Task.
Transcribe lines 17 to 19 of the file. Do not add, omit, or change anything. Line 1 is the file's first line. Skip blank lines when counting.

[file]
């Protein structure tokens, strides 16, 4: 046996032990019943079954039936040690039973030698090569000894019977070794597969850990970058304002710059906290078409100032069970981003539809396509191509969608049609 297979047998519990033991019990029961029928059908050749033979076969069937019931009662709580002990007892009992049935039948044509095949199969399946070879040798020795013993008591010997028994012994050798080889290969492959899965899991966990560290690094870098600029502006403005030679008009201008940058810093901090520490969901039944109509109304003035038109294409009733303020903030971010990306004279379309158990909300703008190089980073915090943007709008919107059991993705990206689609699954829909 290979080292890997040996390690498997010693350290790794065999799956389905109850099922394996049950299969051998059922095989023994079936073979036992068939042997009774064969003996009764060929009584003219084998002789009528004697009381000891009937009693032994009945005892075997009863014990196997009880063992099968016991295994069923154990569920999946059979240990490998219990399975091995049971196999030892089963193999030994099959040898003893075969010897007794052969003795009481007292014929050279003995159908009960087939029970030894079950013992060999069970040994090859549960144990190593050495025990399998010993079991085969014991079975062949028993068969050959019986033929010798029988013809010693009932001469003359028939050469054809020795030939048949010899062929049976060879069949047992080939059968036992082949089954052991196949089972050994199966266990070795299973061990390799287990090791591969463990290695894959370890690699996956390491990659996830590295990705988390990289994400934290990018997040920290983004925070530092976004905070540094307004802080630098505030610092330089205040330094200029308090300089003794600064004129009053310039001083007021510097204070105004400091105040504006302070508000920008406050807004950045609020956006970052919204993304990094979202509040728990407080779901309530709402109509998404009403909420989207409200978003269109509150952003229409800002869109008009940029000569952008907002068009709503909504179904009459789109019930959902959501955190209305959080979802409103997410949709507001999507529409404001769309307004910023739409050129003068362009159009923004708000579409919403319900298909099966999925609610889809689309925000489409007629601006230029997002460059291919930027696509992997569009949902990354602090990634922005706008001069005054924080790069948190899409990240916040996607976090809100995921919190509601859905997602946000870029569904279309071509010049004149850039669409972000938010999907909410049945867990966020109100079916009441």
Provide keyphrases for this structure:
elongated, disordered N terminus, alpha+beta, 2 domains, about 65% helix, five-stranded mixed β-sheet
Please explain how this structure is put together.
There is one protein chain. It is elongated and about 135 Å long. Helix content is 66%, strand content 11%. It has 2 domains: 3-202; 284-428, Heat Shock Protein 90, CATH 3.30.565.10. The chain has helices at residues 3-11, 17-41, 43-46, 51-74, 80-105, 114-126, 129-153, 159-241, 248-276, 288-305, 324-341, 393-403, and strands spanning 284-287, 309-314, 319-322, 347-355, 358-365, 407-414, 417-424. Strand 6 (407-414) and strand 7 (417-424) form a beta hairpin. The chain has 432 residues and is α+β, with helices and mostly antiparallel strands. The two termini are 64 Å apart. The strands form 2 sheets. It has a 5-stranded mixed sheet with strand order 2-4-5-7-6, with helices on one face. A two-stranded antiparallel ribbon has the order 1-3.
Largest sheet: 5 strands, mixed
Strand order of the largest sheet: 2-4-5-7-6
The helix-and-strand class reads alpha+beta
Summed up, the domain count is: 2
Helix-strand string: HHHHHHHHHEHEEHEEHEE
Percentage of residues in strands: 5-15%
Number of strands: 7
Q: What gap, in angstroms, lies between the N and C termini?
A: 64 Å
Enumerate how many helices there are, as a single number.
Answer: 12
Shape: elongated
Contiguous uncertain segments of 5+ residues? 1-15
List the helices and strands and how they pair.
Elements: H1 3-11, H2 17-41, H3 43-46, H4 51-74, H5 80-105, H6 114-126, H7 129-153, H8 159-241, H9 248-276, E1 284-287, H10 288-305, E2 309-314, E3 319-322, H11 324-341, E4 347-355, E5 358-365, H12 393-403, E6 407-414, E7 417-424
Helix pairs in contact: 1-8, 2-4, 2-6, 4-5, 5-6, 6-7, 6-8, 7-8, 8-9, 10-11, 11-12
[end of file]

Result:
Shape: elongated
Contiguous uncertain segments of 5+ residues? 1-15
List the helices and strands and how they pair.